Features Australia

How high, Helmsman Xi?

Certain Australians would have us as China’s vassal state

3 July 2021

9:00 AM

3 July 2021

9:00 AM

WA Premier McGowan demands the PM show ‘a bit of tact and a bit of savvy’ in his dealings with Beijing. Opposition Leader Albanese and Senator Wong are of a similar opinion. But do any of them truly understand what a ‘reset’ with Beijing would mean for Australia?

McGowan’s latest outburst follows the PM’s performance at the recent G7 summit. Morrison spelt out our situation to the other leaders in the clearest terms: President Xi has put a virtual gun to our head.

Scott Morrison got the message across by disseminating Beijing’s infamous Fourteen Grievances. The only conclusion to be drawn from the list, a conclusion drawn by everyone from Emmanuel Macron to Joe Biden, is that the CCP sees Australia as a tributary state of the Middle Kingdom, our long-time connections to America notwithstanding.

If you are a captive citizen of China and the party politburo asks you to jump, the only correct answer is, ‘How high, Helmsman Xi?’ This applies not only to regular folk but the estimated 320,000 party apparatchiks, including 35 members of the central committee, purged since the rise and rise of Xi in the years 2012-3. Everyone in his surveillance state, from the remotest Uighur farmer to the celebrity billionaire, must kowtow to the greatest maxim of all: You may have the good life but not the free life.

Ren Zhiqiang, legendary Chinese real-estate mogul, was jailed for 18 years in September 2020 after posting a communiqué that described Xi’s handling of the pandemic as clownish. Jack Ma, former executive chairman of Alibaba, has become an ex-person of late though there is no record of him criticising the regime about Covid-19 or anything else for that matter. It was enough that he wanted to be a billionaire on his own terms in a totalitarian hellscape defined by the belligerent paranoia of China’s Red Emperor.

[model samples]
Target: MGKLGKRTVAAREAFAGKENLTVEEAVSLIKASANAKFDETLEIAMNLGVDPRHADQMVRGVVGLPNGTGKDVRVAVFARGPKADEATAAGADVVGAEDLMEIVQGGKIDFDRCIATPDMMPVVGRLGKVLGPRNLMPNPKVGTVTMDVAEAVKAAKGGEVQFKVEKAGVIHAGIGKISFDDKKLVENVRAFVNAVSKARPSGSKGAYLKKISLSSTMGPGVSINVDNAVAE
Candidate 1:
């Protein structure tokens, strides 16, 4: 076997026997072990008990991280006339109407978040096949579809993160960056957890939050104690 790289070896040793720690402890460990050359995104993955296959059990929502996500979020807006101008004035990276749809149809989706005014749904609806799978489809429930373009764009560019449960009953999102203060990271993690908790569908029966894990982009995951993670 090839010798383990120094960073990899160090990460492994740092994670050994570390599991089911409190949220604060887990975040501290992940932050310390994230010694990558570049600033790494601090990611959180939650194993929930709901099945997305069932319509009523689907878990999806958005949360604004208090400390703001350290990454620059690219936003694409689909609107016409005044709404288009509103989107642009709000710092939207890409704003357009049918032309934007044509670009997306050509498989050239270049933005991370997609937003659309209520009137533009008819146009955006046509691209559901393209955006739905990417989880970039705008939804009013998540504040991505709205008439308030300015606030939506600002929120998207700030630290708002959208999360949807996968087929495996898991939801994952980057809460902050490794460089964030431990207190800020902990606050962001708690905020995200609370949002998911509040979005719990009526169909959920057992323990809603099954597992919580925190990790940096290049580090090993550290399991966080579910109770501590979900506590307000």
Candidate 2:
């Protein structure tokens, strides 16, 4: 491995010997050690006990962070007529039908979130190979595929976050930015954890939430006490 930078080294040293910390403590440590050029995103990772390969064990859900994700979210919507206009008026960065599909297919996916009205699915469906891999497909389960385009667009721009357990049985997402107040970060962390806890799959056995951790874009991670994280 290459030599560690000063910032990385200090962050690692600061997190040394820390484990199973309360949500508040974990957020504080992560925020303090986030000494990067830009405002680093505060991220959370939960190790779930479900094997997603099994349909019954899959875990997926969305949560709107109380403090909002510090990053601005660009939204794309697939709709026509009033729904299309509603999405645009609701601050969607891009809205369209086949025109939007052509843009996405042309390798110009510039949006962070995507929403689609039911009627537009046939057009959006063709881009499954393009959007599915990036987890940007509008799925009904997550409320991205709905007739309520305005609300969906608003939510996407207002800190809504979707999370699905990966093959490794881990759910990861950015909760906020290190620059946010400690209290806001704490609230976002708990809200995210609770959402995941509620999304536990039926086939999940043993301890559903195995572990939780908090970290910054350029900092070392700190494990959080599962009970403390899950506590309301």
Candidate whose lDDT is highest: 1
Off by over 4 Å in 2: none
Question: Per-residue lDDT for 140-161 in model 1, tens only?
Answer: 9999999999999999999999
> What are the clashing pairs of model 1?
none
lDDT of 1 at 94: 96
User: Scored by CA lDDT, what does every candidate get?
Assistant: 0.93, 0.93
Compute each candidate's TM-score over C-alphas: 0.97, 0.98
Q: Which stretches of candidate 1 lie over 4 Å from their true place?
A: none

Until recently, the CCP’s good life/free life dichotomy was ‘academic’ in both senses of that word. In the first instance, the machinations of the party politburo ostensibly held no practical relevance to life in Australia. Bad luck if you lived in China, of course, but not our problem. In the second instance, we took little notice of our local China experts diligently pursuing their theoretical interest in the nuances of, say, Beijing’s 13th Five-Year Plan (2016-20). Who cared?


That was then, and this is now. Today most Australians believe the Wuhan Institute of Virology, more specifically its Biosafety Level 4 Laboratory, is the likely source of the SARS-CoV-2 virus because of mysterious gain-of-function research. The problem is not only that a man-made virus has caused the death of almost four million people and devastated countless communities around the globe. Knowing the truth might, if nothing else, prevent the emergence of a prospective SARS-CoV-3.

Predictably, perhaps, Xi Jinping trashed any remaining credibility owing to the World Health Organisation in order to keep us in the dark. His dangerous criminality could turn out to be the gravest cover-up in the history of the modern world.